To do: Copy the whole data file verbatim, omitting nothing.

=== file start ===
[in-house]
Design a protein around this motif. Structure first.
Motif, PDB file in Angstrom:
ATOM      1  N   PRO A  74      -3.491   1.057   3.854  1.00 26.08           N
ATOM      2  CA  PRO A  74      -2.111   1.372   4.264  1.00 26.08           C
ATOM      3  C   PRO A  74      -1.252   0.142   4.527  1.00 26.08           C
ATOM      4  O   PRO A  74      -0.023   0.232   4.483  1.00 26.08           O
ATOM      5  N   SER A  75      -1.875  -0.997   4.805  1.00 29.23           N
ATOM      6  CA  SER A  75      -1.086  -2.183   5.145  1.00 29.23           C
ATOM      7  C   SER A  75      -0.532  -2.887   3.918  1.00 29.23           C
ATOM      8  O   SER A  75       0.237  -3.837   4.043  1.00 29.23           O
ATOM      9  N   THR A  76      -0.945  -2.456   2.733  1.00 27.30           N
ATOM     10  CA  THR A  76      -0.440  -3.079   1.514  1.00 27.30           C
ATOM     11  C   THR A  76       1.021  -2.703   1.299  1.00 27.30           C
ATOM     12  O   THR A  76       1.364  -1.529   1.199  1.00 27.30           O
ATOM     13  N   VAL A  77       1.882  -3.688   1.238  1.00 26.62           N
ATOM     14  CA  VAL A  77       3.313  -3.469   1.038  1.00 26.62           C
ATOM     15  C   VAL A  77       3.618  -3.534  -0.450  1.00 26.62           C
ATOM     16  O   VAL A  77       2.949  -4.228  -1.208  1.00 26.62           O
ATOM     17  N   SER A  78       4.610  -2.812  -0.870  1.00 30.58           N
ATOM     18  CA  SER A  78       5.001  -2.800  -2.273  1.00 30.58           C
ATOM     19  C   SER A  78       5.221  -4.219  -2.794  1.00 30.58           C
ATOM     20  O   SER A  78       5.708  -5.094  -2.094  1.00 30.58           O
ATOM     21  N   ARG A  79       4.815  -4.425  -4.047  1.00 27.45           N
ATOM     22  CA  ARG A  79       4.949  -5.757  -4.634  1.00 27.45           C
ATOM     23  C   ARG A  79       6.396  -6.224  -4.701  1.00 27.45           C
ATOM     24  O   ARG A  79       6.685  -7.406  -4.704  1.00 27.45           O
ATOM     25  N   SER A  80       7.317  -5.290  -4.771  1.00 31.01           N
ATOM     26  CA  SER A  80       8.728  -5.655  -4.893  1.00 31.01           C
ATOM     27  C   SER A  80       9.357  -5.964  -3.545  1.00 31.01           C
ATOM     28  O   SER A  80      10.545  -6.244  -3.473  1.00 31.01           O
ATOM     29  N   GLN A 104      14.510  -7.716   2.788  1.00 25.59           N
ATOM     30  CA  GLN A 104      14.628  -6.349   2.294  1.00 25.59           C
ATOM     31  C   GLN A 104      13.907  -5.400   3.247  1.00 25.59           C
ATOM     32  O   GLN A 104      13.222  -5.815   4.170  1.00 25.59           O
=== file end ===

[in-house]
Design a protein around this motif. Structure first.
Motif, PDB file in Angstrom:
ATOM      1  N   PRO A  74      -3.491   1.057   3.854  1.00 26.08           N
ATOM      2  CA  PRO A  74      -2.111   1.372   4.264  1.00 26.08           C
ATOM      3  C   PRO A  74      -1.252   0.142   4.527  1.00 26.08           C
ATOM      4  O   PRO A  74      -0.023   0.232   4.483  1.00 26.08           O
ATOM      5  N   SER A  75      -1.875  -0.997   4.805  1.00 29.23           N
ATOM      6  CA  SER A  75      -1.086  -2.183   5.145  1.00 29.23           C
ATOM      7  C   SER A  75      -0.532  -2.887   3.918  1.00 29.23           C
ATOM      8  O   SER A  75       0.237  -3.837   4.043  1.00 29.23           O
ATOM      9  N   THR A  76      -0.945  -2.456   2.733  1.00 27.30           N
ATOM     10  CA  THR A  76      -0.440  -3.079   1.514  1.00 27.30           C
ATOM     11  C   THR A  76       1.021  -2.703   1.299  1.00 27.30           C
ATOM     12  O   THR A  76       1.364  -1.529   1.199  1.00 27.30           O
ATOM     13  N   VAL A  77       1.882  -3.688   1.238  1.00 26.62           N
ATOM     14  CA  VAL A  77       3.313  -3.469   1.038  1.00 26.62           C
ATOM     15  C   VAL A  77       3.618  -3.534  -0.450  1.00 26.62           C
ATOM     16  O   VAL A  77       2.949  -4.228  -1.208  1.00 26.62           O
ATOM     17  N   SER A  78       4.610  -2.812  -0.870  1.00 30.58           N
ATOM     18  CA  SER A  78       5.001  -2.800  -2.273  1.00 30.58           C
ATOM     19  C   SER A  78       5.221  -4.219  -2.794  1.00 30.58           C
ATOM     20  O   SER A  78       5.708  -5.094  -2.094  1.00 30.58           O
ATOM     21  N   ARG A  79       4.815  -4.425  -4.047  1.00 27.45           N
ATOM     22  CA  ARG A  79       4.949  -5.757  -4.634  1.00 27.45           C
ATOM     23  C   ARG A  79       6.396  -6.224  -4.701  1.00 27.45           C
ATOM     24  O   ARG A  79       6.685  -7.406  -4.704  1.00 27.45           O
ATOM     25  N   SER A  80       7.317  -5.290  -4.771  1.00 31.01           N
ATOM     26  CA  SER A  80       8.728  -5.655  -4.893  1.00 31.01           C
ATOM     27  C   SER A  80       9.357  -5.964  -3.545  1.00 31.01           C
ATOM     28  O   SER A  80      10.545  -6.244  -3.473  1.00 31.01           O
ATOM     29  N   GLN A 104      14.510  -7.716   2.788  1.00 25.59           N
ATOM     30  CA  GLN A 104      14.628  -6.349   2.294  1.00 25.59           C
ATOM     31  C   GLN A 104      13.907  -5.400   3.247  1.00 25.59           C
ATOM     32  O   GLN A 104      13.222  -5.815   4.170  1.00 25.59           O